Bruce Brodoff Communications
Bruce Brodoff Communications
Downtown Vacancies Near Pre-Sept. 11 Level
By Sharon L. Crenson

Downtown Manhattan's office vacancy rate is poised to fall below 10% for the first time since the September 11 terrorist attacks, according to a forecast by Jones Lang LaSalle, the largest American commercial real estate broker.

Three lease agreements now being negotiated for a total of 1.1 million square feet would bring the rate to 10.3%, Jones Lang said. The firm predicted the rate will fall below 10 % by year's end. The rate was about 13% in the first quarter of last year, up from 7% just before the World Trade Center towers were destroyed five years ago.

"The expectations today are dramatically higher for the level of recovery that Lower Manhattan will experience," John Wheeler, Jones Lang managing director for New York, said in an interview.

Downtown Manhattan's resurgence was aided by the commitment of Goldman Sachs Group Inc., the most-profitable Wall Street firm, and Morgan Stanley, the biggest, to the area, Jones Lang said. Goldman is building a 43-story headquarters within blocks of the former twin towers. Morgan Stanley, which has its headquarters in Times Square, signed a lease a year ago for 648,000 square feet of additional space at 1 New York Plaza, two blocks east of Battery Park.

Colliers ABR, another real estate consulting firm, released a report this month that estimated the area's Class A vacancies - the most expensive - fell to 10.2% in July from 10.9% in June. "In my mind it's a very significant number," said Nicole LaRusso, vice president of planning and economic development for the Alliance for Downtown New York. "I think that's a really important milestone in Lower Manhattan's recovery." The alliance contracts with the city to attract businesses, keep the area clean and improve safety.

Midtown Manhattan's falling vacancy rate and rising prices also contributed to Lower Manhattan's growth. Midtown's office vacancy rate dropped to a five-year low of 6.9% in the second quarter, and rents rose to $42.59 per square foot, the highest in America, according to New York-based real estate services provider Cushman & Wakefield. Downtown, rents rose to $36.60 last quarter, Jones LaSalle said. Cushman put the latest number at $35.18.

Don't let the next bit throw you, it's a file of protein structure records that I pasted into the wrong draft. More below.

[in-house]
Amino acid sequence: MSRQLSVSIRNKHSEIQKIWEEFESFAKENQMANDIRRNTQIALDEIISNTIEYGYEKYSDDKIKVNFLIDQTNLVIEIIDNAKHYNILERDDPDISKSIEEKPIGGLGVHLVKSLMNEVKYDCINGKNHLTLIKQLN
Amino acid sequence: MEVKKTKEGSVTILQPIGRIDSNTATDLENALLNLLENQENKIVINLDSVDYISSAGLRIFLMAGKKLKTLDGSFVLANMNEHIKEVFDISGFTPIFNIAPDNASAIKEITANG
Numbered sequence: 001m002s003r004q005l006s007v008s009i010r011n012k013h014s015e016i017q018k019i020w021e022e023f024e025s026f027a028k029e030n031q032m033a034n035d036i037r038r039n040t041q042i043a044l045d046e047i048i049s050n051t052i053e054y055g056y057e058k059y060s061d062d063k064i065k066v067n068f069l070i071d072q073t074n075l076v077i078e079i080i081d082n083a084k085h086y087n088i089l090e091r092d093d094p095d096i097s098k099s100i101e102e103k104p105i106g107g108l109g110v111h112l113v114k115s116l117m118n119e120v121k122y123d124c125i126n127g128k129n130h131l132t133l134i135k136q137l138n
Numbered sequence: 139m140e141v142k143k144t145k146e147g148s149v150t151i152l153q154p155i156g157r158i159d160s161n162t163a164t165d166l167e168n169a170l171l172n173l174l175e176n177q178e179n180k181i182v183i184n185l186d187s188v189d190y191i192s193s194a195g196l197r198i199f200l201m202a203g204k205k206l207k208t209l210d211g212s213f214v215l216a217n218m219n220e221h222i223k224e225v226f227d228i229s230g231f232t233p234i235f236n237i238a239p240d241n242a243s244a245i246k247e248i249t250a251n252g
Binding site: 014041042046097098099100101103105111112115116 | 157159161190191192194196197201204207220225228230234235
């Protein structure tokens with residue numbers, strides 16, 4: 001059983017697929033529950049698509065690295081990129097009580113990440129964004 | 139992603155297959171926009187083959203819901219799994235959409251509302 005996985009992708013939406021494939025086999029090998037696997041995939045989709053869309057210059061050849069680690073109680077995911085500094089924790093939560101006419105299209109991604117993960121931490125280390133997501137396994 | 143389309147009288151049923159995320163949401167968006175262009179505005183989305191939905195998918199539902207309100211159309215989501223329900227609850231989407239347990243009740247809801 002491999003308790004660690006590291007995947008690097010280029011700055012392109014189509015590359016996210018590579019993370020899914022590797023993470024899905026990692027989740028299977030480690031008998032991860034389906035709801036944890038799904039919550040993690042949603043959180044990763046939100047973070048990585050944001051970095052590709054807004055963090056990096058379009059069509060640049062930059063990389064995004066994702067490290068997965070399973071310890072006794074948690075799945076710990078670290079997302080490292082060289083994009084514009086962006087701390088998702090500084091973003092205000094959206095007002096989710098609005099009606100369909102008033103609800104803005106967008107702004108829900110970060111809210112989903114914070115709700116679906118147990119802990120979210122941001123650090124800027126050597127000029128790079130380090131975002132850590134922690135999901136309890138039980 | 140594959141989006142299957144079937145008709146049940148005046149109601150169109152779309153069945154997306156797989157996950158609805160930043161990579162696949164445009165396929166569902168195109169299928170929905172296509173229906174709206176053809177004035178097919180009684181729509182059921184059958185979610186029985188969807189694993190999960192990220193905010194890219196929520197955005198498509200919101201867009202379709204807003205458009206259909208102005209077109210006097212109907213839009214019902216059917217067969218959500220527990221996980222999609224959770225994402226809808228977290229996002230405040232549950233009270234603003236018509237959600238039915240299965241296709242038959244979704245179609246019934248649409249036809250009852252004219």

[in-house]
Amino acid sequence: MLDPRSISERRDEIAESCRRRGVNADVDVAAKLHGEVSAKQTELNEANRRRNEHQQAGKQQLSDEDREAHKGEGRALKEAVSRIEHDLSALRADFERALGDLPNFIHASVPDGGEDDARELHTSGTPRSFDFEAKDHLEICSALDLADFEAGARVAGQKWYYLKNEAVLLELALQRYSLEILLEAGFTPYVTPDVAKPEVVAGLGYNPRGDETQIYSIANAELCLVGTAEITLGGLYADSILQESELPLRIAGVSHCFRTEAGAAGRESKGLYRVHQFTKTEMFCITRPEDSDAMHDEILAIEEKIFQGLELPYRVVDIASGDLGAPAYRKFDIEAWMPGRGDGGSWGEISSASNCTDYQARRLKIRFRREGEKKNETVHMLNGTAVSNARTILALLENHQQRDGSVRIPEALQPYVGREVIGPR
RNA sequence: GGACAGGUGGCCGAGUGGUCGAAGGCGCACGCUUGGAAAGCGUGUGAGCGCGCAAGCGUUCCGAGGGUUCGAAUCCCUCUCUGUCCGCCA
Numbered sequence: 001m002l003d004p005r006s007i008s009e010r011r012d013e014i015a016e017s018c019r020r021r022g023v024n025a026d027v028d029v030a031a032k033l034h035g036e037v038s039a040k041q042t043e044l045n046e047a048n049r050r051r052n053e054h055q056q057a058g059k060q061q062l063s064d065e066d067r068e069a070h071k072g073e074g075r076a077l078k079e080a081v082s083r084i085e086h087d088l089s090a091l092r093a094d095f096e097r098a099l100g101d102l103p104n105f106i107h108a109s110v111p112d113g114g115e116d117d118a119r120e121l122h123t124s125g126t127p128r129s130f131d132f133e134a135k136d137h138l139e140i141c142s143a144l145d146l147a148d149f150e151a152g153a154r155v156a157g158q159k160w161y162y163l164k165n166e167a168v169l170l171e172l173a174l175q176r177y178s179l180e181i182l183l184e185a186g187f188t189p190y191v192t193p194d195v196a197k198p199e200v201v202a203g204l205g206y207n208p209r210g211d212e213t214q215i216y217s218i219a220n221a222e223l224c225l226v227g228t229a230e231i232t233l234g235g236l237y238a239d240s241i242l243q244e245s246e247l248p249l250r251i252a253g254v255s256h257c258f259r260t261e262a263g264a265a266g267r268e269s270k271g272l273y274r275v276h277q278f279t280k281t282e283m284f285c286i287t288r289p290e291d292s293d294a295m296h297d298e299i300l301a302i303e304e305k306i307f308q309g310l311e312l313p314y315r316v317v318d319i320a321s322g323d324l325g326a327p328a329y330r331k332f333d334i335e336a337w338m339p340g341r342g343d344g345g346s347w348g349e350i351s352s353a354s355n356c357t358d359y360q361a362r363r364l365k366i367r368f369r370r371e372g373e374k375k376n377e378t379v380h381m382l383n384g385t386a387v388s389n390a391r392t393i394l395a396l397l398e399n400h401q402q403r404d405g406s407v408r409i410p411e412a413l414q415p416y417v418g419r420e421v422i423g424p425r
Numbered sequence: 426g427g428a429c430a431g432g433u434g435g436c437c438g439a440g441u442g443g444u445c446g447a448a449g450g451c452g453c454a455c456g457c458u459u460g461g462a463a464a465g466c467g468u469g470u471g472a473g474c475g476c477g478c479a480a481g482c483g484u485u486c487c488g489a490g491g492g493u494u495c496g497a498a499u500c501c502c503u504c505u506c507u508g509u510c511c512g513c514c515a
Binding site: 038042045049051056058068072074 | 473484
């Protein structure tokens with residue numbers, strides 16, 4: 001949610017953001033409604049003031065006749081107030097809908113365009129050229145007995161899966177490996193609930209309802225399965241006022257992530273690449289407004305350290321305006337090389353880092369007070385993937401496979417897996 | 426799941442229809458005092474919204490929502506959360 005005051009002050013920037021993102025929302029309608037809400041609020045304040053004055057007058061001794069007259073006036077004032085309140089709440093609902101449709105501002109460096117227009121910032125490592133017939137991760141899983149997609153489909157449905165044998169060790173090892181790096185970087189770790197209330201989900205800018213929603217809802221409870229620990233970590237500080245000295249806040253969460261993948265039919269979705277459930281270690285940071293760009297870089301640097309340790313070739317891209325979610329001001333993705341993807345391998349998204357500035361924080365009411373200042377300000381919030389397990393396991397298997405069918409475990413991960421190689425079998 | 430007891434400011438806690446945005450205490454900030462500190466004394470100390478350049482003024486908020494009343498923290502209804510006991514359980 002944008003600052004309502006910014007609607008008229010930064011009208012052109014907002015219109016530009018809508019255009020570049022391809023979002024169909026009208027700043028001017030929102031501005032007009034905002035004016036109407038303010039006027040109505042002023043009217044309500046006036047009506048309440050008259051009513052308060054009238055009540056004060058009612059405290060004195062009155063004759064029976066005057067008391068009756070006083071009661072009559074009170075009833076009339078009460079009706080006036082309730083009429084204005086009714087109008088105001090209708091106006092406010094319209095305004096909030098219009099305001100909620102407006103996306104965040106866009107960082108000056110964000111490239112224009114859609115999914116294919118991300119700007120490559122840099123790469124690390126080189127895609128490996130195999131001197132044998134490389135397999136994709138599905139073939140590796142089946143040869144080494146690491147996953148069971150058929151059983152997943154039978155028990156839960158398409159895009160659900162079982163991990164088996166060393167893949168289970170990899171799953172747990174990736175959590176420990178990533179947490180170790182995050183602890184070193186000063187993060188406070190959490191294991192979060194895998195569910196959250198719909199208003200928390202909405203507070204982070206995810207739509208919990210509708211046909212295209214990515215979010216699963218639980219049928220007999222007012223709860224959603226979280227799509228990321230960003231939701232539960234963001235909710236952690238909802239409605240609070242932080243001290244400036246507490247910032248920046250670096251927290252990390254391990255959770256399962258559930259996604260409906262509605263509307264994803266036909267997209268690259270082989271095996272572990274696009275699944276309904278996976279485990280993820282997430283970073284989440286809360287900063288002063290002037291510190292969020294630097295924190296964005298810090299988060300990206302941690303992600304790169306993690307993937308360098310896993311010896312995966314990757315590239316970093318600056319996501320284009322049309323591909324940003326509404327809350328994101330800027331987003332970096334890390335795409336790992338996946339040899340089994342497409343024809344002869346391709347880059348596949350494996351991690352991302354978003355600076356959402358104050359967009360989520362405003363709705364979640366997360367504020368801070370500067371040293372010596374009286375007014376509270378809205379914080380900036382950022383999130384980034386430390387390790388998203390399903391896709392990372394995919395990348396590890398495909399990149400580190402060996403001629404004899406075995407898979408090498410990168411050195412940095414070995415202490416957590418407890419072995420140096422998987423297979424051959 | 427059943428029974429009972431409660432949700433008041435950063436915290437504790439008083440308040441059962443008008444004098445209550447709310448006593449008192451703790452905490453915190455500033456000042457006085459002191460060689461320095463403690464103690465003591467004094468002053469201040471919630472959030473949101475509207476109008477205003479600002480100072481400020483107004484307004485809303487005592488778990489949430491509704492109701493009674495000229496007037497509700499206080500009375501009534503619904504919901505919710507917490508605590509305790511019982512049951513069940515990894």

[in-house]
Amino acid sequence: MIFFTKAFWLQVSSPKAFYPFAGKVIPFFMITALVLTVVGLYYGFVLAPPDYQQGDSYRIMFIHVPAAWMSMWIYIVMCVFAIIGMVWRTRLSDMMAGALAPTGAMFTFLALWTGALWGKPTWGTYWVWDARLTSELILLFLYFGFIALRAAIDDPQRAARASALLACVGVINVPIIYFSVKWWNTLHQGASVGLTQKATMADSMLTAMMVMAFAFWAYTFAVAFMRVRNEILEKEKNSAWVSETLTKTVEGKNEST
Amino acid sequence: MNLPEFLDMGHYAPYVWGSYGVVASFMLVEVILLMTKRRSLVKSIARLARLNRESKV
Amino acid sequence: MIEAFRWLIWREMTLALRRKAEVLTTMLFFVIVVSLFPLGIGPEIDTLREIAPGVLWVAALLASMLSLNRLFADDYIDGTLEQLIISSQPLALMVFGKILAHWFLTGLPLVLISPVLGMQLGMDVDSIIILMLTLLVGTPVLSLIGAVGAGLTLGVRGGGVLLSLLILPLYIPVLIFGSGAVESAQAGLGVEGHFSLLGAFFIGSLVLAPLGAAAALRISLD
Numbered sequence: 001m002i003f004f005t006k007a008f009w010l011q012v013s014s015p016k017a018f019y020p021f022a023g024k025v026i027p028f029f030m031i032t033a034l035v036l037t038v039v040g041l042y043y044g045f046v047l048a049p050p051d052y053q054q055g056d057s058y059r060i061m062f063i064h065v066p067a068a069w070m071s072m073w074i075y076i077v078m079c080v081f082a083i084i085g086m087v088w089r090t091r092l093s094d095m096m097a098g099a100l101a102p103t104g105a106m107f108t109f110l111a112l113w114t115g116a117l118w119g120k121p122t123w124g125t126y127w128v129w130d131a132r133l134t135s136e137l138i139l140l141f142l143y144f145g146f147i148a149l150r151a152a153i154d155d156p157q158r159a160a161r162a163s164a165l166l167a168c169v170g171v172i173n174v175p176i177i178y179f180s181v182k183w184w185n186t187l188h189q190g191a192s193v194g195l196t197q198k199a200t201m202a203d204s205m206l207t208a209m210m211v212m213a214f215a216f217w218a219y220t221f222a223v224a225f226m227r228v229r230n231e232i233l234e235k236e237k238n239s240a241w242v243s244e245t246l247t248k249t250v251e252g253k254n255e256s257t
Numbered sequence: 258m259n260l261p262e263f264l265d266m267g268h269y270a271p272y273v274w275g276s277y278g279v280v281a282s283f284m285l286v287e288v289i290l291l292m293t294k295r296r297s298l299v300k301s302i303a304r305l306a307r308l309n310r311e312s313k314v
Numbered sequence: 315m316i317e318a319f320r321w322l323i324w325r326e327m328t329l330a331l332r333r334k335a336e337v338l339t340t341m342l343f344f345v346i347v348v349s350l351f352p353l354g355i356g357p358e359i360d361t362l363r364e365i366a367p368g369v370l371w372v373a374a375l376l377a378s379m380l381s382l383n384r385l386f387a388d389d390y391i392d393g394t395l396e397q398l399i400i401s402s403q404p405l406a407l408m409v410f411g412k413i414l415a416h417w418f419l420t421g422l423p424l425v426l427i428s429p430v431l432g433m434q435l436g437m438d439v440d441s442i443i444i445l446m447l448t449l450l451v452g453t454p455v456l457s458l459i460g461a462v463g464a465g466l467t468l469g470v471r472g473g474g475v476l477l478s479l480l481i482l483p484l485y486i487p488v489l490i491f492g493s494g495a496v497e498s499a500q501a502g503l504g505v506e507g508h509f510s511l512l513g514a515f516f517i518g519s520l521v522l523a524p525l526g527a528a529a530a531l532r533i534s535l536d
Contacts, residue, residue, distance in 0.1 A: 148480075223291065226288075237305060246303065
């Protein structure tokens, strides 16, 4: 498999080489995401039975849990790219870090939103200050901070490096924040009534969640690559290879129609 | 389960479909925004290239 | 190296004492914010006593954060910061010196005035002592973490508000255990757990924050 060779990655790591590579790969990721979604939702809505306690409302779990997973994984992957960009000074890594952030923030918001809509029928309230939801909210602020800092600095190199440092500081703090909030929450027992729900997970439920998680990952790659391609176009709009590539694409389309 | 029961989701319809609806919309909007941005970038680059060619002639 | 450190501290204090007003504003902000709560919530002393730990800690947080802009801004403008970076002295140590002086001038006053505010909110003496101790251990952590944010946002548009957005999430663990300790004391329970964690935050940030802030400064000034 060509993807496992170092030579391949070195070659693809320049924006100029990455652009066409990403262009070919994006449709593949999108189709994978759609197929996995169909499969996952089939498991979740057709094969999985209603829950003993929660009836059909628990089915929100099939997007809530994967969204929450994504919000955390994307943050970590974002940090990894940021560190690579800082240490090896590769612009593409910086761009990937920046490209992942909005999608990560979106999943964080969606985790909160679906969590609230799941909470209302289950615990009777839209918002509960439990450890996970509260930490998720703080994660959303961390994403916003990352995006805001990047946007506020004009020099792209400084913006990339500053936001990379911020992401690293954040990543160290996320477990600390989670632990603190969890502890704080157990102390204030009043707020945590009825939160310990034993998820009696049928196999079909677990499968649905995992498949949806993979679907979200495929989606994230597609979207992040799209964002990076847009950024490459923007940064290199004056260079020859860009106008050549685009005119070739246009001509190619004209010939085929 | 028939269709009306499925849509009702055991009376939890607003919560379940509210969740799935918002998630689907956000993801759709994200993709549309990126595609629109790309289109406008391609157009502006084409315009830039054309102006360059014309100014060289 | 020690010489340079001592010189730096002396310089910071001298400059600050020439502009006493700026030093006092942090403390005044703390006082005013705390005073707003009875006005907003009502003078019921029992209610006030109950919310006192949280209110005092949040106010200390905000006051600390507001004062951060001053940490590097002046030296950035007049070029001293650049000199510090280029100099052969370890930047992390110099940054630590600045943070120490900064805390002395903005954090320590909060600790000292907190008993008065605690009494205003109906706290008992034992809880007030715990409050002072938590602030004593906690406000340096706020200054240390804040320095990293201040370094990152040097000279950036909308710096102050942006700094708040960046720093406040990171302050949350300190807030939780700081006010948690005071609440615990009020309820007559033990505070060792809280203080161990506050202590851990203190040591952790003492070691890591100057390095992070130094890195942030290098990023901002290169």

From pre-September 11 to the first quarter of 2005, prices for Lower Manhattan offices fell 27% to $29.57 per square foot.

Lower Manhattan ranks fourth among U.S. central business districts, following Midtown Manhattan, Chicago and Washington. Moody's Investors Service, the New York City Department of Transportation, and Royal Bank of Canada are all negotiating leases in Lower Manhattan, Mr. Wheeler said.

Moody's may lease more than 600,000 square feet at developer Larry Silverstein's 7 World Trade Center, rebuilt on the site of one of the buildings that fell on September 11. The Transportation Department is in talks for 440,000 square feet at 55 Water Street and the Royal Bank of Canada is negotiating a lease at 3 World Financial Center, where it plans to occupy 200,000 to 300,000 square feet.

Willis Group Holdings Ltd., the world's third-largest insurance brokerage, signed a lease August 21 for 205,000 square feet at 1 World Financial Center, across from the New York Mercantile Exchange.

Downtown New York had 72.5 million square feet of Class A office space with a 6% vacancy rate prior to September 11. Landlords commanded an average rent of $43.90 per square foot then. One-fifth of that space was destroyed in the terror attacks, most in the trade center complex itself. The area had 59.3 million square feet of Class A capacity in the second quarter of this year.

"Lower Manhattan is pretty much moving ahead on all fronts," said Bruce Brodoff, spokesman for the Downtown Alliance.

A report this month by the Downtown Alliance said 60% of 1,700 area employees the organization surveyed said they feel Lower Manhattan is a better place to work than it was three years ago. About 90% said they are optimistic about downtown's future.

More restaurants, retailers, attorneys, architects and upscale businesses such as BMW dealers are moving in as well as large companies. About 37,000 people live in the district, a number expected to rise to 50,000 by the end of the decade, Mr. Brodoff said.

The financial services and insurance industries were by far the largest downtown employers prior to September 11, with an estimated 145,000 workers. Since then, government agencies have superseded any private-sector employment, with about 104,000 people the second quarter of this year compared with a little less than 94,000 in financial services and insurance, according to the Jones Lang LaSalle report.

"Several other major tenants continue to circle the remaining large blocks downtown," Colliers said.

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